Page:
Boudu Saved From Drowning
When bookseller Lestingois (Charles Granval) dives into the Seine to rescue a tramp (Michel Simon) and takes him into his home, his good deed is swiftly punished in Boudu Saved from Drowning, a buoyant yet discomfiting satire on bourgeois Parisians. The restoration isn’t pristine, and Jean Renoir’s direction feels loose, but he structures the story solidly, as a classical battle between Apollo and Bacchus — order and chaos. Simon pulls out all the stops as the imbecilic bête noire, grumbling at kindnesses, foiling his savior’s trysts with the maid, and assaulting the French soul (”He spat on Balzac!” cries a pained Lestingois).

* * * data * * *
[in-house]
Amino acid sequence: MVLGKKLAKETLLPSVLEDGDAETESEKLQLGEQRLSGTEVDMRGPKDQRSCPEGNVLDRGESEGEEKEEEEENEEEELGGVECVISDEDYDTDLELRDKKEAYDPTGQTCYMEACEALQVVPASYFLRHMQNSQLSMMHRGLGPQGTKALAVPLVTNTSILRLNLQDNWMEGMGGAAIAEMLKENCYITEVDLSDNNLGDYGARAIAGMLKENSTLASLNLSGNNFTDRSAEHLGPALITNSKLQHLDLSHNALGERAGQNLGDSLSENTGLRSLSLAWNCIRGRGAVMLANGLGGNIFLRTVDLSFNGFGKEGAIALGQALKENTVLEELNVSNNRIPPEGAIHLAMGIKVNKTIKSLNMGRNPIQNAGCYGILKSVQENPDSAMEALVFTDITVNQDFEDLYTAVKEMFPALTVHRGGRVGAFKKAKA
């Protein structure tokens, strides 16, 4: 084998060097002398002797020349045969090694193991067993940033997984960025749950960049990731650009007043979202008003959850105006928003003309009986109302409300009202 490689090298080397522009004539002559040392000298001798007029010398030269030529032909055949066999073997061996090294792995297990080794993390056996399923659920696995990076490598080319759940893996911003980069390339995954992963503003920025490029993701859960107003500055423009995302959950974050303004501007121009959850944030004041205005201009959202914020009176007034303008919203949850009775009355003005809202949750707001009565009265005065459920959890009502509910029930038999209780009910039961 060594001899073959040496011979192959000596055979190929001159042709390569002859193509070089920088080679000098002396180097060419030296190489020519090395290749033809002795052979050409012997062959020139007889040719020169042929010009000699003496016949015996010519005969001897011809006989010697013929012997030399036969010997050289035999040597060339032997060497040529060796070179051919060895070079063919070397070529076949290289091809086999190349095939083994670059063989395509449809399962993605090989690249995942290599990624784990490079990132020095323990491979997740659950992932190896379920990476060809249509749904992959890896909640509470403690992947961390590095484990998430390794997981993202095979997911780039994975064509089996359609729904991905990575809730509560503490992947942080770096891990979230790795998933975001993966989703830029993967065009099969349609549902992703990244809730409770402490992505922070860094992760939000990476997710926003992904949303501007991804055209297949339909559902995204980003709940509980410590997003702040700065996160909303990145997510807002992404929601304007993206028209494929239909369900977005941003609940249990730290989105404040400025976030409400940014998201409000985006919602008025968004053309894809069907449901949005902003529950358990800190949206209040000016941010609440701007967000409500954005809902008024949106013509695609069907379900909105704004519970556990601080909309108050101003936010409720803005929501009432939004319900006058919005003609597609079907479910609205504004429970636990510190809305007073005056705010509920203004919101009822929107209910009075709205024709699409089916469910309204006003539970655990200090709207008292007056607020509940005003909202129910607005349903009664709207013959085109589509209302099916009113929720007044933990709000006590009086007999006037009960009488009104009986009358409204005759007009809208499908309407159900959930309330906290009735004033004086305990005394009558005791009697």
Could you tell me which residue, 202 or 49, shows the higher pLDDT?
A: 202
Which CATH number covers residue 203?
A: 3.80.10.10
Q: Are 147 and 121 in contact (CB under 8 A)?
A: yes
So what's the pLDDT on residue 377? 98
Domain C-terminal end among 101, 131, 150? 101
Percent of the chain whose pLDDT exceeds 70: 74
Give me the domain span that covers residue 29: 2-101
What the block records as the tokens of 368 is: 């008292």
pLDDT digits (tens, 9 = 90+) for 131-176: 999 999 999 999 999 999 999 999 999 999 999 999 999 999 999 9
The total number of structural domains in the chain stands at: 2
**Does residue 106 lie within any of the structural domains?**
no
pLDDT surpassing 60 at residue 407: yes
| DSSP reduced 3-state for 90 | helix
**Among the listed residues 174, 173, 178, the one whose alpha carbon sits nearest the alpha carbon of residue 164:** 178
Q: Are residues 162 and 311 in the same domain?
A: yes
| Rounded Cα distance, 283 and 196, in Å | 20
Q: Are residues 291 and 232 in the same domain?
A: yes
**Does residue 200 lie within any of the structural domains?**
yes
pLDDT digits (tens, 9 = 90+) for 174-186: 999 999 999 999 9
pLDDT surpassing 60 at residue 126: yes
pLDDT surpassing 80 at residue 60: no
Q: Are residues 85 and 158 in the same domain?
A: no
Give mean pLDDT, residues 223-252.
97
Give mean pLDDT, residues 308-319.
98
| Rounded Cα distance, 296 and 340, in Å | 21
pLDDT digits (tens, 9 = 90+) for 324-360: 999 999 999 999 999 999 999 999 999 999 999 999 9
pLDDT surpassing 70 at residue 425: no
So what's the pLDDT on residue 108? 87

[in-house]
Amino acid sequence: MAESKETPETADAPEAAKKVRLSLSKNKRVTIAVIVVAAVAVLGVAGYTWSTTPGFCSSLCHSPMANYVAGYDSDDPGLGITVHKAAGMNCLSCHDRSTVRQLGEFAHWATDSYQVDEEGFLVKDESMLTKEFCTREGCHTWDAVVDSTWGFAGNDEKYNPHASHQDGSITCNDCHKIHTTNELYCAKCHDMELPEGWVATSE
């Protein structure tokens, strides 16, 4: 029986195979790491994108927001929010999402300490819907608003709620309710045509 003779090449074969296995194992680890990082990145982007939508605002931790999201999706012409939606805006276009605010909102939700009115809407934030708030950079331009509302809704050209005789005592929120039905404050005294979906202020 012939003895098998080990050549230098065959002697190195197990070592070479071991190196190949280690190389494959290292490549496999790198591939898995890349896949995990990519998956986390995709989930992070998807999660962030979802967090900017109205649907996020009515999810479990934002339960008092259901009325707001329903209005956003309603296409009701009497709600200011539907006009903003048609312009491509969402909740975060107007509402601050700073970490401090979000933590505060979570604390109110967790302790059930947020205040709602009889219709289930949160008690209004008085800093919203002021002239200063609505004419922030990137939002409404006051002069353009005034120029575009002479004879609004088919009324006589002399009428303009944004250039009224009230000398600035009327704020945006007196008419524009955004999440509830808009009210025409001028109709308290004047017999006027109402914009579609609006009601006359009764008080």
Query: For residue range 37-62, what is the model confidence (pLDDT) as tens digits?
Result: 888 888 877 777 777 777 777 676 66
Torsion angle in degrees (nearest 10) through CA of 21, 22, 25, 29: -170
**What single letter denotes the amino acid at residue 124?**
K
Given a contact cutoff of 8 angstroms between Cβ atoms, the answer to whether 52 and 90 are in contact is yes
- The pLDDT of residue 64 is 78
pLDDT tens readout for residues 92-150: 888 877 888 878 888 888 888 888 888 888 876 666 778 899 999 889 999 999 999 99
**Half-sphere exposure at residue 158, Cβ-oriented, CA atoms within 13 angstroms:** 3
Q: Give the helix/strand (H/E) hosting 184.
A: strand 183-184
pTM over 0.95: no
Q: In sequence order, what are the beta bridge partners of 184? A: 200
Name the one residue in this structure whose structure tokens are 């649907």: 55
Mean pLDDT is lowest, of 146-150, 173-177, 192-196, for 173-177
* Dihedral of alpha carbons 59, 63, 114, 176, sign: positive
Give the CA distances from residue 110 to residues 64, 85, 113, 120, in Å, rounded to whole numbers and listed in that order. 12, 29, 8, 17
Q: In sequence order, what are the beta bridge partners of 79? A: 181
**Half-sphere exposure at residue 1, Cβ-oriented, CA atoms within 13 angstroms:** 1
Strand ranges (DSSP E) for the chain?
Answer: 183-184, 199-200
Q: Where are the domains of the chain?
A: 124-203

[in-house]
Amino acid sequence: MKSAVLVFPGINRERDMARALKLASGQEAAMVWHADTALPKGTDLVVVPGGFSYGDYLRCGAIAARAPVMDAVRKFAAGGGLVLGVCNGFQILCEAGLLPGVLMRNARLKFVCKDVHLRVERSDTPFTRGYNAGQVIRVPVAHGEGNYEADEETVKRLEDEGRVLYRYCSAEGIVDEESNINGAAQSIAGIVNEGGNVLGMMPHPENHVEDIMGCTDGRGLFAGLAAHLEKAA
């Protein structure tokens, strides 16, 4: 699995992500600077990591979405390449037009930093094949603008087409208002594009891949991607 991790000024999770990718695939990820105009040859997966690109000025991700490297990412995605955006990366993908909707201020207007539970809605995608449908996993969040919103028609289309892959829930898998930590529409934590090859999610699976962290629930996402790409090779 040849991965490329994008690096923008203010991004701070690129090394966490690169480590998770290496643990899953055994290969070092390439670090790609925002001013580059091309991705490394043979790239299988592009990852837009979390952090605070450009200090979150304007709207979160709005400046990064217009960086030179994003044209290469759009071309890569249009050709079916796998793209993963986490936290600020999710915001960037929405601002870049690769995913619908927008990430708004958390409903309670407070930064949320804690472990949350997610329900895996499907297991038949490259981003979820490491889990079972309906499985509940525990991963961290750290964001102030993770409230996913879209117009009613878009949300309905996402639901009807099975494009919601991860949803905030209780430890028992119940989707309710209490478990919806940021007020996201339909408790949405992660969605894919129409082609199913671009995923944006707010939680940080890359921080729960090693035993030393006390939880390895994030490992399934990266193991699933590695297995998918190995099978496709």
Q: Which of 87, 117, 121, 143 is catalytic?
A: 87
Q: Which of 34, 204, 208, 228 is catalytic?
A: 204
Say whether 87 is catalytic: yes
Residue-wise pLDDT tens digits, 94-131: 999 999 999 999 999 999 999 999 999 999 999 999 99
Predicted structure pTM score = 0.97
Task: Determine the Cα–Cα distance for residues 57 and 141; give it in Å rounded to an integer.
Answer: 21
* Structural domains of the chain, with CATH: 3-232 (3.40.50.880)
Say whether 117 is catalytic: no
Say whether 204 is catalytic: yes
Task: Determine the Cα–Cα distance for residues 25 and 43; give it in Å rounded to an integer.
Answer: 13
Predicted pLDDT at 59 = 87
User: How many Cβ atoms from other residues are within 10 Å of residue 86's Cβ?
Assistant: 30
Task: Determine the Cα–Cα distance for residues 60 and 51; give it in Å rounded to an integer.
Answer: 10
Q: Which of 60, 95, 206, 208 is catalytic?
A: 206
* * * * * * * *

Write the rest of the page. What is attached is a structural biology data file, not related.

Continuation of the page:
EXTRAS Various critical appraisals, from director Eric Rohmer and others; in a 1967 reminiscence, Renoir and Simon recall that police shut down the film for three days because of audience outrage over Boudu eating with his hands — though not because he seduces Lestingois’ wife. As Renoir explains, ”That wasn’t shocking!”